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De-billet-ated 37 Ford Sedan - Completed with final photos

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  • Member since
    February 2008
  • From: Seattle, WA
De-billet-ated 37 Ford Sedan - Completed with final photos
Posted by gbk1 on Sunday, July 19, 2020 7:31 PM

Builder’s block. I’m sure it happens to all of us; some, of course, more severe than others. In my case I like to be working on a model car project pretty much throughout the year with little interruption. Some projects take longer than others but I generally have something going. But since May 21st I’ve been pretty much dead in the water. This is not unknown to me, but it’s quite rare. I started a couple of things which turned out to be more like paint experiments than actual modeling projects. Then about five days ago I finally got past it. I decided I would do a simple build to get things moving and then tackle something more adventurous next.

This is the simple one, a Monogram ’37 Ford Sedan street rod. First released in 1987 it’s a real period piece – a classic billet rod with independent suspension front and rear and Boyd-style billet wheels and billet details under the hood and all over the interior. With the Traditional Rod revival of the past several years building this slantback out-of-the-box would be a real throwback – and frankly not to my taste. For this reason this kit sat in my stash for many years. A strange choice to cure a case of builder’s block…

Regardless, I started in on it less than a week ago. One thing about this early release version is that it’s molded in genuine Monogram Bleed-Through Orange Plastic. So the first order of business was to get that stuff sealed off. I thought some Duplicolor Primer Sealer would do the trick (it usually does) but this plastic dye is so strong it went right through it. After a session in the Purple Pond I used my old reliable combo: generic Duplicolor Metallic Silver Acrylic Lacquer over the aforementioned primer sealer (the cheap stuff in the tall can – but it sets up and lays down beautifully). Mission accomplished.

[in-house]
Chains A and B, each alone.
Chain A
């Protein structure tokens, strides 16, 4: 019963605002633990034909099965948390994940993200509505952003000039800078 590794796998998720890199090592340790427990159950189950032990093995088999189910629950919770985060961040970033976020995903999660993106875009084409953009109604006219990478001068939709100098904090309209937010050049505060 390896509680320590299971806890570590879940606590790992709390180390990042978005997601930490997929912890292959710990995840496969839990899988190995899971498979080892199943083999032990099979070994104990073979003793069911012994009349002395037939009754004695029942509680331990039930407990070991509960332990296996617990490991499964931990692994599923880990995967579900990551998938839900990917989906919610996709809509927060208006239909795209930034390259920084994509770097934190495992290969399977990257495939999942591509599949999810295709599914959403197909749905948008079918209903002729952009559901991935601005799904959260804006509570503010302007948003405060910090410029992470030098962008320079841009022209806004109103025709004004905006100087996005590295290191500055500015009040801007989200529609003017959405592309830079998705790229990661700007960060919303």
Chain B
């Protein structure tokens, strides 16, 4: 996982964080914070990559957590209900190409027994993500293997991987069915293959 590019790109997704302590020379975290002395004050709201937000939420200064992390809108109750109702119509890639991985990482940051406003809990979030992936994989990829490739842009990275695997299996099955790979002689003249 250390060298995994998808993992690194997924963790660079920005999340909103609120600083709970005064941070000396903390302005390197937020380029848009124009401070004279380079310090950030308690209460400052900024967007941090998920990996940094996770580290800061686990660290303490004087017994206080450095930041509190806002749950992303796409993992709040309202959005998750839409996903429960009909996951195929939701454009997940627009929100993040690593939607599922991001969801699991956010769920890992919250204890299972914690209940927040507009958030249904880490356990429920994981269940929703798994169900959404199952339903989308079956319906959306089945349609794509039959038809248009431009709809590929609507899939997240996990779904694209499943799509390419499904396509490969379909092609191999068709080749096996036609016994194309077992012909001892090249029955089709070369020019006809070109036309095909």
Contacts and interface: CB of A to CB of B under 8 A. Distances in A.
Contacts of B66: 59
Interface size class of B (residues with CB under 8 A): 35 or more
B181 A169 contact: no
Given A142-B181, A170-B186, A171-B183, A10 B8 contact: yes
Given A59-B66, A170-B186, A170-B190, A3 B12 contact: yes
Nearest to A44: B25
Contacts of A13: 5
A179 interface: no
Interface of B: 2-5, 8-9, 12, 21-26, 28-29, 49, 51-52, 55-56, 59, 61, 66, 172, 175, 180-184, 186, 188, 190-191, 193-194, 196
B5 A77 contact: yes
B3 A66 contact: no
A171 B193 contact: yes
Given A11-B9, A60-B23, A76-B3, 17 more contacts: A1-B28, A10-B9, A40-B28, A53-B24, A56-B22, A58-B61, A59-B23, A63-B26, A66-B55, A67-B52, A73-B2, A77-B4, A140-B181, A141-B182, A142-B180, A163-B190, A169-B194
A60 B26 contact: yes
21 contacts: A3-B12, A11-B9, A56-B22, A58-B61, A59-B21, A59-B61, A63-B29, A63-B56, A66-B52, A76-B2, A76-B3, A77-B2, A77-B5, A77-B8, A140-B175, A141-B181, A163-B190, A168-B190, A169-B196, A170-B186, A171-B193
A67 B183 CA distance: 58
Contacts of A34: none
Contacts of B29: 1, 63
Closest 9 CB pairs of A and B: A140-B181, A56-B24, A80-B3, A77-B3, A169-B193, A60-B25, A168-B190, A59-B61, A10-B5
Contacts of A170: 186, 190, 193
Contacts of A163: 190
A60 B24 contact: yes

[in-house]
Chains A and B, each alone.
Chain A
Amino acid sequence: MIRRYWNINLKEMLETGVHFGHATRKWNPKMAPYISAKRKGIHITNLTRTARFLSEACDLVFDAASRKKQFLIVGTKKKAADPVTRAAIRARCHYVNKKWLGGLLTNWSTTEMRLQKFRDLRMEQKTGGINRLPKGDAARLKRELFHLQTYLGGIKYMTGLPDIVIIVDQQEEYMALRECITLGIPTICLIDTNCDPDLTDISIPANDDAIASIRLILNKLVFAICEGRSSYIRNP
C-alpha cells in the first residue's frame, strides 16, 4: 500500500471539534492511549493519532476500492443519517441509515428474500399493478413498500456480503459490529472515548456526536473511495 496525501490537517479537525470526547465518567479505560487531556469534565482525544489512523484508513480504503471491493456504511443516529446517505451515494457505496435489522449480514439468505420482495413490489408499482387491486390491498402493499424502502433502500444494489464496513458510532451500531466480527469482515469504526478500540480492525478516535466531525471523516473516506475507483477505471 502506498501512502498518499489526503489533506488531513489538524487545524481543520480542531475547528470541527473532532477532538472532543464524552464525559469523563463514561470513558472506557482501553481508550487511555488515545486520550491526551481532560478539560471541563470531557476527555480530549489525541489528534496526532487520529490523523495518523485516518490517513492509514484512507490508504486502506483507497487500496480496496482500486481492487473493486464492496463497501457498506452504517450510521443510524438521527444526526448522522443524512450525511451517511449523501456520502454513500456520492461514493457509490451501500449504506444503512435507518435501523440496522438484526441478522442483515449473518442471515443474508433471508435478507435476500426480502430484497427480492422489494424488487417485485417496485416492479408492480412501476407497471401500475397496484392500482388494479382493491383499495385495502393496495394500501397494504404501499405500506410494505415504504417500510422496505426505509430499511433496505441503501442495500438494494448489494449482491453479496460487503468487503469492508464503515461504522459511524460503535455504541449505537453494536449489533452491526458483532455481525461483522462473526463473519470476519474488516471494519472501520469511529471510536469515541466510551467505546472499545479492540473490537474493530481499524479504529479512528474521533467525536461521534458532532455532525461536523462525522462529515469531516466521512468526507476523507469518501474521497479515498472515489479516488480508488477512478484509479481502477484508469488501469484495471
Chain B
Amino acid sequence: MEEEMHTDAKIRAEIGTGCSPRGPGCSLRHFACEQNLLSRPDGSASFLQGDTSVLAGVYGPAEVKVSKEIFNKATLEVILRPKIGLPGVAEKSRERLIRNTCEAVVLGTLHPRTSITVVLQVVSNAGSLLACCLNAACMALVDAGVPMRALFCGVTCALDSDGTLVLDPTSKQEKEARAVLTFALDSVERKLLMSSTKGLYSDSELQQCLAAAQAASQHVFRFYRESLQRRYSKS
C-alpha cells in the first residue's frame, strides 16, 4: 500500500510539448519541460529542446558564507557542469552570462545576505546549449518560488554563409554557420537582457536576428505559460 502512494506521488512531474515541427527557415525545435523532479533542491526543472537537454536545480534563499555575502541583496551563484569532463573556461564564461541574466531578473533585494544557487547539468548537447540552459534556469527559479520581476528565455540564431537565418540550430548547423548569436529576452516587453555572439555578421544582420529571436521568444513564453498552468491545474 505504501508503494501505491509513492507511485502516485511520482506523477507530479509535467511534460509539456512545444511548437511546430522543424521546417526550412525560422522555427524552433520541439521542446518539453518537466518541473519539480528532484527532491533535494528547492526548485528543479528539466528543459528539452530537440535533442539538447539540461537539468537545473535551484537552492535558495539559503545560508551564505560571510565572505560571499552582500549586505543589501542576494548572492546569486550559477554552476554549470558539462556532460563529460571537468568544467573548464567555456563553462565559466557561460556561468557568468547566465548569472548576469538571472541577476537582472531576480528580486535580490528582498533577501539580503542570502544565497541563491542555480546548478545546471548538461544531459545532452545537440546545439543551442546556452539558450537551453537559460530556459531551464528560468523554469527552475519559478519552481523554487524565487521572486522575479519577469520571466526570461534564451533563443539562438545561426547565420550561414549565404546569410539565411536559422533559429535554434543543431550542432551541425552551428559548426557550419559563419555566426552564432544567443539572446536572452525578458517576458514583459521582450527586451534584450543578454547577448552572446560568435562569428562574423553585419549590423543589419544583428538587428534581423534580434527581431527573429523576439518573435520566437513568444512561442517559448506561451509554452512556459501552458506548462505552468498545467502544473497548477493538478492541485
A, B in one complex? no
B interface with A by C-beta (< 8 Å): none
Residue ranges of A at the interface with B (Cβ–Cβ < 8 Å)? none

I’m going for a real late 50’s street machine kind of look. So the color I’ve chosen is actually Tamiya AS-5 Light Blue Luftwaffe, a military color of all things. But it gives the car a tough, utilitarian performance look, particularly with the Modelhaus T-120 wide whites I’m using. The sub-text of this project is to use as many surplus bits from my stash as are appropriate to the final result. The kit itself fits that description, as it’s unlikely I’ll build another one. The red-painted steelie wheels and T-120 tires are .from a still-born Revell/AMT ’40 Ford Sedan hybrid I started at least 10 years ago. The rolling stock was glued to Revell ’40 Ford Street Rod front and rear axles and it’s doubtful I could ever remove them without destroying the axles. So the whole wheel/axle set was adapted to the Monogram chassis. This has gotten rid of the billet-era independent suspension, as well as lowering the stance a bit.

The interior is kit stock except for deleting the headrests and the stereo speakers on the package shelf. I’ll replace the billet era steering wheel with something 50’s-appropriate. In keeping with the WWII German paint theme (unconscious, I assure you) the main interior color is Testors Acryl Panzer Interior Beige with Folk Art craft paint Teddy Bear Tan accents, The trim details will get picked out in Molotow Chrome,

Other than the suspension and wheels and tires, most of the build will come from the Monogram kit, modified as needed to de-billet-ate it. Below are some pictures of the work so far, showing the original Bleed-Through Orange styrene, the suspension work, the interior bits, wheels and tires (the wheels will get Moon caps) and chassis and the overall look in the light blue. The dull semi-gloss patina of the military paint makes it look like it’s in tinted primer, a popular look in the 50’s. It’s likely I’ll keep it but I might  go with a clear gloss. I might even give it a pearlescent finish. I’m doing some paint trials to determine what I choose. But other than the lowered stance, the rolled pans and deleted bumpers, and the Moon caps, it will be pretty stock.

As I said – a simple project. It shouldn’t take long to do, and hopefully get the juices flowing again.